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Homeless charity provides 73,000 meals per year

A leading homeless and drugs charity provided 73,000 meals to people last year, a rise of 9,000 on 2010, as the "devastating effects" of the recession deepens.

In its annual review for 2011, Merchants Quay Ireland (MQI) said the Government’s austerity measures were hitting the "most vulnerable" hard.

The increase in meal provision in 2011 was 14% higher than 2010, but represents a 60% hike on 2009.

The report said greater numbers of homeless people were in need of medical help, with a 21% jump in demand for free GP services.

It warns that while there had been a slight decrease in the number of intravenous drug users attending its services in Dublin, it had continued to rise outside the capital.

"The devastating effects of the economic downturn can clearly be seen in the numbers turning to MQI’s homeless and drug services nationwide," said chief executive Tony Geoghegan.

"These figures are evidence of the ongoing impact of the economic recession — and the Government’s austerity measures aimed on the most vulnerable."

According to the review:

* About 73,000 meals were provided by the charity in 2011, compared to 63,000 in 2010 and 45,700 in 2009;

* 9,250 "supportive interventions" — accommodation referrals, social work services, medical care — were provided to homeless people, up 17% on last year;

* 1,054 free consultations were provided by GPs, a rise of 21% on 2010;

* 4,051 drug users accessed the Dublin needle exchange service, with 492 new clients, while services in its Midlands operation rose to 4,000 interventions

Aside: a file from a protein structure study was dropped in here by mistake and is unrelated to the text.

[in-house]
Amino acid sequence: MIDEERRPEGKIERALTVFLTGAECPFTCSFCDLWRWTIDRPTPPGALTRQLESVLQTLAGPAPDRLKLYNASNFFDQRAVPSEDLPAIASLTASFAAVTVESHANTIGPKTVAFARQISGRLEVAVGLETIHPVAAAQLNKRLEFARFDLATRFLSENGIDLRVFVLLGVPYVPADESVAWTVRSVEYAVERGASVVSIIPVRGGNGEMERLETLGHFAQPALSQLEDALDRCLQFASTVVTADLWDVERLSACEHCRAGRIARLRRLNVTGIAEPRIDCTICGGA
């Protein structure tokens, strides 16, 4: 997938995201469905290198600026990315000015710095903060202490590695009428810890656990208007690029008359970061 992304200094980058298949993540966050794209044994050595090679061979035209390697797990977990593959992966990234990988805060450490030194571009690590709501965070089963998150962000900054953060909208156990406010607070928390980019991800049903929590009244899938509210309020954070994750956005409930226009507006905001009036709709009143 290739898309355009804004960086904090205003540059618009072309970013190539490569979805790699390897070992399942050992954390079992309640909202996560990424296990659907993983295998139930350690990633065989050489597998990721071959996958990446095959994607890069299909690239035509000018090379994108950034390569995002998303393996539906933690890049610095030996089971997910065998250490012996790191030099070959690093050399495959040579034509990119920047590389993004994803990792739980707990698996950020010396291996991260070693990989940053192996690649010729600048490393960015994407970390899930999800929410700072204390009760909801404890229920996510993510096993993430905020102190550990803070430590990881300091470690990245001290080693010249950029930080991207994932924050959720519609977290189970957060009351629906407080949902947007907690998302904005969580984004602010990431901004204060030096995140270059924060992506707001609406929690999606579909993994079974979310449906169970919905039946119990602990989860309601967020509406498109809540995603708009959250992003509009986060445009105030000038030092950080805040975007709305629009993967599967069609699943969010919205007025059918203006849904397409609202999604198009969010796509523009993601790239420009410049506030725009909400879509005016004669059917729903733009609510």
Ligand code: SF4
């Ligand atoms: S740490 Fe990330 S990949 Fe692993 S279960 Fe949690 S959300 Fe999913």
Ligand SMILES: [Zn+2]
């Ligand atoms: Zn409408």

Mr Geoghegan said that despite MQI opening a detox facility at its therapeutic centre in Carlow, there were still only 50 such beds in the country, for an estimated 10,000 people on methadone, the heroin substitute.

To address the rising demand for its services, he said MQI would open a homeless centre in Dublin this autumn and is providing services, including counselling services in prisons, in 11 counties.

"As in the 1980s where high levels of unem-ployment fed the drugs crisis and rising poverty led to higher levels of homelessness, we are seeing history repeat itself," said Mr Geoghegan.

"Today, MQI is on the front line for society’s homeless and hungry providing basic meals and healthcare daily for some of Ireland’s most needy. The growth in demand shows no sign of abating, while similarly our drugs services nationally are stretched to capacity as the drugs crisis grows across the country.

"In times of economic crisis it is the weakest and most vulnerable who suffer most. We as a society need to learn from past mistakes and address these interlinked crises and invest in long-term solutions for the benefit of the individual, their families, and society as a whole."

The report shows that one third of the people accessing its homeless services were foreign nationals, mainly Eastern European, the bulk of them Polish.

The report said the slight drop in numbers accessing MQI’s needle exchange services could be due to a drop in Jan 2011, at the tail end of a heroin drought which hit Dublin.